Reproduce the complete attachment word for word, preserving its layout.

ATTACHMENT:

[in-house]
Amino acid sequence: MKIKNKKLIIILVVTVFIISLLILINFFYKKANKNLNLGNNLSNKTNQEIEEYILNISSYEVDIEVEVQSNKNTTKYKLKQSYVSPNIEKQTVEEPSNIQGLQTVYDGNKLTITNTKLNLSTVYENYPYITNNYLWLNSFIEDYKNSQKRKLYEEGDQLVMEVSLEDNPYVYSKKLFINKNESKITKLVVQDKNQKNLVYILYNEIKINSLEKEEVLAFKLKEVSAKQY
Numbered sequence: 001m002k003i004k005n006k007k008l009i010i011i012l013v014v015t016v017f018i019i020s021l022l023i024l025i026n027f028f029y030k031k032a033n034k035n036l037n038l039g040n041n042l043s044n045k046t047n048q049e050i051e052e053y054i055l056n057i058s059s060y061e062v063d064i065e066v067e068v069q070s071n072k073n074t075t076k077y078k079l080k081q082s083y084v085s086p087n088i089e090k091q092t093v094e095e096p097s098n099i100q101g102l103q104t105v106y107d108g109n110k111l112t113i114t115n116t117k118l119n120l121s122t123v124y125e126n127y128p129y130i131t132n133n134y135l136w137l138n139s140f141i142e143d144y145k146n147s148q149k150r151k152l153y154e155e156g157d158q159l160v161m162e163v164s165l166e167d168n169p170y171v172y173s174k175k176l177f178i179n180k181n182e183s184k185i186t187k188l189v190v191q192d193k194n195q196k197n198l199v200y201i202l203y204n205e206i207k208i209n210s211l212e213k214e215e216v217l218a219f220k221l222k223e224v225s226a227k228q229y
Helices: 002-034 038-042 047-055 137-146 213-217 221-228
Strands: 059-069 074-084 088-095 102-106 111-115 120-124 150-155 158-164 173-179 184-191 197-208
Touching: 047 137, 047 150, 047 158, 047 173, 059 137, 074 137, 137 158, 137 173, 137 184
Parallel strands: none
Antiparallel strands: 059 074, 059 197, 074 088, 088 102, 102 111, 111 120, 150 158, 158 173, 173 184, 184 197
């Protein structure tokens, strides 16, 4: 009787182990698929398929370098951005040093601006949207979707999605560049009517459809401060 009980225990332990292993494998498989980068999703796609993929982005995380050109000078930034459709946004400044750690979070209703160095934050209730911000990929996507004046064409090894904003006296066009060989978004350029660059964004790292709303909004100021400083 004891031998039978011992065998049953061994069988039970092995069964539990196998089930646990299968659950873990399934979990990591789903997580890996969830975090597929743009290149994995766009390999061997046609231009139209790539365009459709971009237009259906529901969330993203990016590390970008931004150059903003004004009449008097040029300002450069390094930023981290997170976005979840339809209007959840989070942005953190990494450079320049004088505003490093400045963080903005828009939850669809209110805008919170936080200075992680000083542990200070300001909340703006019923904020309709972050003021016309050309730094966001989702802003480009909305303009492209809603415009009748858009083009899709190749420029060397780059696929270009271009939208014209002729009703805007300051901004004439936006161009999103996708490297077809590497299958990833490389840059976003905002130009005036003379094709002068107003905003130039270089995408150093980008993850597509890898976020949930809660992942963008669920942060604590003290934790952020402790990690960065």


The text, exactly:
[in-house]
Amino acid sequence: MKIKNKKLIIILVVTVFIISLLILINFFYKKANKNLNLGNNLSNKTNQEIEEYILNISSYEVDIEVEVQSNKNTTKYKLKQSYVSPNIEKQTVEEPSNIQGLQTVYDGNKLTITNTKLNLSTVYENYPYITNNYLWLNSFIEDYKNSQKRKLYEEGDQLVMEVSLEDNPYVYSKKLFINKNESKITKLVVQDKNQKNLVYILYNEIKINSLEKEEVLAFKLKEVSAKQY
Numbered sequence: 001m002k003i004k005n006k007k008l009i010i011i012l013v014v015t016v017f018i019i020s021l022l023i024l025i026n027f028f029y030k031k032a033n034k035n036l037n038l039g040n041n042l043s044n045k046t047n048q049e050i051e052e053y054i055l056n057i058s059s060y061e062v063d064i065e066v067e068v069q070s071n072k073n074t075t076k077y078k079l080k081q082s083y084v085s086p087n088i089e090k091q092t093v094e095e096p097s098n099i100q101g102l103q104t105v106y107d108g109n110k111l112t113i114t115n116t117k118l119n120l121s122t123v124y125e126n127y128p129y130i131t132n133n134y135l136w137l138n139s140f141i142e143d144y145k146n147s148q149k150r151k152l153y154e155e156g157d158q159l160v161m162e163v164s165l166e167d168n169p170y171v172y173s174k175k176l177f178i179n180k181n182e183s184k185i186t187k188l189v190v191q192d193k194n195q196k197n198l199v200y201i202l203y204n205e206i207k208i209n210s211l212e213k214e215e216v217l218a219f220k221l222k223e224v225s226a227k228q229y
Helices: 002-034 038-042 047-055 137-146 213-217 221-228
Strands: 059-069 074-084 088-095 102-106 111-115 120-124 150-155 158-164 173-179 184-191 197-208
Touching: 047 137, 047 150, 047 158, 047 173, 059 137, 074 137, 137 158, 137 173, 137 184
Parallel strands: none
Antiparallel strands: 059 074, 059 197, 074 088, 088 102, 102 111, 111 120, 150 158, 158 173, 173 184, 184 197
């Protein structure tokens, strides 16, 4: 009787182990698929398929370098951005040093601006949207979707999605560049009517459809401060 009980225990332990292993494998498989980068999703796609993929982005995380050109000078930034459709946004400044750690979070209703160095934050209730911000990929996507004046064409090894904003006296066009060989978004350029660059964004790292709303909004100021400083 004891031998039978011992065998049953061994069988039970092995069964539990196998089930646990299968659950873990399934979990990591789903997580890996969830975090597929743009290149994995766009390999061997046609231009139209790539365009459709971009237009259906529901969330993203990016590390970008931004150059903003004004009449008097040029300002450069390094930023981290997170976005979840339809209007959840989070942005953190990494450079320049004088505003490093400045963080903005828009939850669809209110805008919170936080200075992680000083542990200070300001909340703006019923904020309709972050003021016309050309730094966001989702802003480009909305303009492209809603415009009748858009083009899709190749420029060397780059696929270009271009939208014209002729009703805007300051901004004439936006161009999103996708490297077809590497299958990833490389840059976003905002130009005036003379094709002068107003905003130039270089995408150093980008993850597509890898976020949930809660992942963008669920942060604590003290934790952020402790990690960065």